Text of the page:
To pay for the course development and performance pay for teachers and other parts of the legislation, 5 percent of federal, state and local Florida Education Finance Program funds are to be set aside beginning in 2011. That’s about $900 million.

But here’s the catch: It’s not new money. It would come out of the already stretched budgets of county school systems. School officials say they can't possibly afford this.

The bill also doesn’t mention how special-needs students should be factored in, although Crist said this week he was concerned about this omission.

The backers of the bill say these are details that can be worked out later in rules by the Department of Education.

That’s the same thing they said when former Florida governor Jeb Bush pushed through a statewide standardized testing program called the FCAT. The legislation had few details, which had to be worked out over years. The adults fiddled while students had to suffer taking tests that had no meaning.

The bill has been hailed by some conservatives outside the state, including Stanford University economist Eric Hanusek, who praised Florida in the April edition of Education Next magazine for being "poised to lead the nation in crafting student policies."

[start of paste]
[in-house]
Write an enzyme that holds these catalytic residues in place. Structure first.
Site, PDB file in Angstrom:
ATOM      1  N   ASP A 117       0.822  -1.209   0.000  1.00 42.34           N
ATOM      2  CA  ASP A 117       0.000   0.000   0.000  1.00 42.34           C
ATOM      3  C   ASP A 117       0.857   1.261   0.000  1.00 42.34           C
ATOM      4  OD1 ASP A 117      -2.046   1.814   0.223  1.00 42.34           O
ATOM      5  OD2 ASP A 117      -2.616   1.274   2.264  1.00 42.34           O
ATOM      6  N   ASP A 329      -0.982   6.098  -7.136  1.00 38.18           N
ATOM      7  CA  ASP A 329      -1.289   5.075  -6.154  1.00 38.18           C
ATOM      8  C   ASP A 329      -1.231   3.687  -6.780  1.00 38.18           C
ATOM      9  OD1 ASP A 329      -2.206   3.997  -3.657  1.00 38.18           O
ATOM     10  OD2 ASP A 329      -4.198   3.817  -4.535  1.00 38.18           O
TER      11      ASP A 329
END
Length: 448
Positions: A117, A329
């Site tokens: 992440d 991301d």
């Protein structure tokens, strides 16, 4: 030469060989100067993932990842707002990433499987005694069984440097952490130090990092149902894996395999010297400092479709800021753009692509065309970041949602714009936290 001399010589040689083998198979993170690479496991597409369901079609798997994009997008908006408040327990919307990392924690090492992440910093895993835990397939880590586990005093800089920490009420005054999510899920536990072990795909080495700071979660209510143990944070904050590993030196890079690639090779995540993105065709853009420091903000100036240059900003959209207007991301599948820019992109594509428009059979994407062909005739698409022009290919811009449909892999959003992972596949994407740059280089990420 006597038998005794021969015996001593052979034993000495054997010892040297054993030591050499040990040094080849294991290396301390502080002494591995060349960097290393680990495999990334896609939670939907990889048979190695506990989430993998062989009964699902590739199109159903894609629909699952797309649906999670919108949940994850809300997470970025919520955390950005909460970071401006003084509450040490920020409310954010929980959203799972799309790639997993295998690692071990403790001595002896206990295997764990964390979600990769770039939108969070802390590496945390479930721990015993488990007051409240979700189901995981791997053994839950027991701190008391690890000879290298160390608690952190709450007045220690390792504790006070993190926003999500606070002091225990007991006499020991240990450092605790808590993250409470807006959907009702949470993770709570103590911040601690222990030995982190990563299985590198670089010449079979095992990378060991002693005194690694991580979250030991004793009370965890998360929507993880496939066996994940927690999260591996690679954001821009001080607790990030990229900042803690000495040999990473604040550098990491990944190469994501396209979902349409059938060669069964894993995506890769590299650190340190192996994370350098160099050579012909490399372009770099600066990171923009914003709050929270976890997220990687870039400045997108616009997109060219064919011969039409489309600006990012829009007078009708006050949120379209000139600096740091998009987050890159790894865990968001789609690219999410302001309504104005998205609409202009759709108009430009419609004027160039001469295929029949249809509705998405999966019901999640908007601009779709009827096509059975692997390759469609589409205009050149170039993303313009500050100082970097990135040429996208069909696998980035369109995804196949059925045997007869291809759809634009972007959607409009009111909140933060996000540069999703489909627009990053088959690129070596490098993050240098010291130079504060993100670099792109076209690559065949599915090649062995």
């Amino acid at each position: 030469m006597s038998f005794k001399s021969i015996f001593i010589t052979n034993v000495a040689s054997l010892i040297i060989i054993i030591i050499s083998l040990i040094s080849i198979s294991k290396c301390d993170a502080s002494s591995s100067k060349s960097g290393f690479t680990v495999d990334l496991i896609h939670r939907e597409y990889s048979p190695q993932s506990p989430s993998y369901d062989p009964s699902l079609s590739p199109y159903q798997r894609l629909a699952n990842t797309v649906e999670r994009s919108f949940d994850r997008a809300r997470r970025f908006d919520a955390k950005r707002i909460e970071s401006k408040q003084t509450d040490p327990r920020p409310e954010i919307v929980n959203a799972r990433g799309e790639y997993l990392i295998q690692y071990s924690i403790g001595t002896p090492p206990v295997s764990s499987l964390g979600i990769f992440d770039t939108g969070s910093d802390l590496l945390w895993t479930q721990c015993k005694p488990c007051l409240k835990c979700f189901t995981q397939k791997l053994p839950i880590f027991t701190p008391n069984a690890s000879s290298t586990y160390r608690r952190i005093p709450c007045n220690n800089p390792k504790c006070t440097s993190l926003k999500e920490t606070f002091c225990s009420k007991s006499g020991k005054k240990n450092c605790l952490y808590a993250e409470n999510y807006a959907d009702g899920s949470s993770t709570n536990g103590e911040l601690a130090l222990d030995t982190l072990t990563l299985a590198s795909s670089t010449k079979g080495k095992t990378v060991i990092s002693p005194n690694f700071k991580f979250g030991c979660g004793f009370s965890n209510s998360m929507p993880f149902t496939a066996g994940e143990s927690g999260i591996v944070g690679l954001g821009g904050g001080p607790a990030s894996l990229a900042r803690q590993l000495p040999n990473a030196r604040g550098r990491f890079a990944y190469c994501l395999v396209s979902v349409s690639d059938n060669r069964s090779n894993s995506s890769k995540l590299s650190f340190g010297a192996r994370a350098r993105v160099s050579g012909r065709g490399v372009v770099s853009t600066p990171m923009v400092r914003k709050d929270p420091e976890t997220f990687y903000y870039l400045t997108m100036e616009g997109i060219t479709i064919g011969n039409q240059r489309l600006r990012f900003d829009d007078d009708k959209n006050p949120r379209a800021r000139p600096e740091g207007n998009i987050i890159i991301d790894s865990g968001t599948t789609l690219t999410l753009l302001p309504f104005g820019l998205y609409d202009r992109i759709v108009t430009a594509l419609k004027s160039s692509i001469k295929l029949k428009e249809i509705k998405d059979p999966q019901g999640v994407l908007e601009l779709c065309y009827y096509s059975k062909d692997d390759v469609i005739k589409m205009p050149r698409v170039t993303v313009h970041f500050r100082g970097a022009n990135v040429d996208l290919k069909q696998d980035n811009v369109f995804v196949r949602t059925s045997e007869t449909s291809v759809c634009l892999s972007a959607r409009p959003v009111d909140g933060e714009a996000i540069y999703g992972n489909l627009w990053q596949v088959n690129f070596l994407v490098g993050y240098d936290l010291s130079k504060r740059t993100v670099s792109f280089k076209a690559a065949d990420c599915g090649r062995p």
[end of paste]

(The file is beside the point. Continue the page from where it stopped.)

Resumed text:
Hanusek was a big supporter of then-president George W. Bush's No Child Left Behind education reform, once writing that it was "raising overall student performance." Bush's own administration issued reports showing that it did not, in fact, raise overall student performance.

Education historian Diane Ravitch, a former official in the administration of president George H.W. Bush who once supported NCLB, has looked at data and changed her mind, saying it actually harmed education, in part by emphasizing high-stakes standardized tests. The New York University professor wrote an open letter to the Florida legislature expressing her opposition to the state's reform approach.

The legislation's supporters have repeatedly said that its reforms will improve schools and encourage good teachers to stay in the profession because they will be paid more for their good work. Supporters may indeed believe this. But good teachers know that they can't fairly be judged by test scores alone. It isn't surprising that no teachers were involved in the drafting of the legislation.

Certainly there are teachers in every school system who should not be in the classroom, and certainly principals should have the flexibility to remove ineffective teachers. In fact, in some counties, they do already. Nobody wants bad teachers to be forced out better than good teachers. But taking away job security, linking pay to test scores and forcing kids to take more tests is going to hurt the good teachers as least as much as the bad.